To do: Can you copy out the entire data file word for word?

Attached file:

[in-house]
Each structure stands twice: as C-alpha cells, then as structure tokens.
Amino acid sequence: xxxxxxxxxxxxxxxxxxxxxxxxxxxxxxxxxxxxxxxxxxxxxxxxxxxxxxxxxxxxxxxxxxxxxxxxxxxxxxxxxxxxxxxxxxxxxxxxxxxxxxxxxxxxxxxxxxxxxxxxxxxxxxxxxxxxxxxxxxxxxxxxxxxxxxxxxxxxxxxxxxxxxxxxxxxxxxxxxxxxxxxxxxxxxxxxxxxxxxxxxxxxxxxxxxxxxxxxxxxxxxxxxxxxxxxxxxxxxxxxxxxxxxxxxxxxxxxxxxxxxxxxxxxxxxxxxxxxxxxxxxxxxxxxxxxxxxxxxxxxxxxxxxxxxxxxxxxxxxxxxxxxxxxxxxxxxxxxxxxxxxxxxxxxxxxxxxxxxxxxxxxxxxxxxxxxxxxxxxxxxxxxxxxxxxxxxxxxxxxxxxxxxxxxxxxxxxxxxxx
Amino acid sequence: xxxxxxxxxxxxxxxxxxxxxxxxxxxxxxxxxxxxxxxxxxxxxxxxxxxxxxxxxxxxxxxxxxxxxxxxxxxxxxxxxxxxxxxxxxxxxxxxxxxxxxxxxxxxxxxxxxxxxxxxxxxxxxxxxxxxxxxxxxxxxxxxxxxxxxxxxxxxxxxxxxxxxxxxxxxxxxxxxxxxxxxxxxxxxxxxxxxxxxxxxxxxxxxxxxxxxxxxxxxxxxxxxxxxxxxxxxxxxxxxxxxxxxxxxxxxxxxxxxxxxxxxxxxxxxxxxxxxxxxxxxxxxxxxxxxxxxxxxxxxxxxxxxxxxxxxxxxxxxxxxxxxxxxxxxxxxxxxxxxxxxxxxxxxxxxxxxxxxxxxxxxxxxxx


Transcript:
[in-house]
Each structure stands twice: as C-alpha cells, then as structure tokens.
Amino acid sequence: xxxxxxxxxxxxxxxxxxxxxxxxxxxxxxxxxxxxxxxxxxxxxxxxxxxxxxxxxxxxxxxxxxxxxxxxxxxxxxxxxxxxxxxxxxxxxxxxxxxxxxxxxxxxxxxxxxxxxxxxxxxxxxxxxxxxxxxxxxxxxxxxxxxxxxxxxxxxxxxxxxxxxxxxxxxxxxxxxxxxxxxxxxxxxxxxxxxxxxxxxxxxxxxxxxxxxxxxxxxxxxxxxxxxxxxxxxxxxxxxxxxxxxxxxxxxxxxxxxxxxxxxxxxxxxxxxxxxxxxxxxxxxxxxxxxxxxxxxxxxxxxxxxxxxxxxxxxxxxxxxxxxxxxxxxxxxxxxxxxxxxxxxxxxxxxxxxxxxxxxxxxxxxxxxxxxxxxxxxxxxxxxxxxxxxxxxxxxxxxxxxxxxxxxxxxxxxxxxxx
Amino acid sequence: xxxxxxxxxxxxxxxxxxxxxxxxxxxxxxxxxxxxxxxxxxxxxxxxxxxxxxxxxxxxxxxxxxxxxxxxxxxxxxxxxxxxxxxxxxxxxxxxxxxxxxxxxxxxxxxxxxxxxxxxxxxxxxxxxxxxxxxxxxxxxxxxxxxxxxxxxxxxxxxxxxxxxxxxxxxxxxxxxxxxxxxxxxxxxxxxxxxxxxxxxxxxxxxxxxxxxxxxxxxxxxxxxxxxxxxxxxxxxxxxxxxxxxxxxxxxxxxxxxxxxxxxxxxxxxxxxxxxxxxxxxxxxxxxxxxxxxxxxxxxxxxxxxxxxxxxxxxxxxxxxxxxxxxxxxxxxxxxxxxxxxxxxxxxxxxxxxxxxxxxxxxxxxxx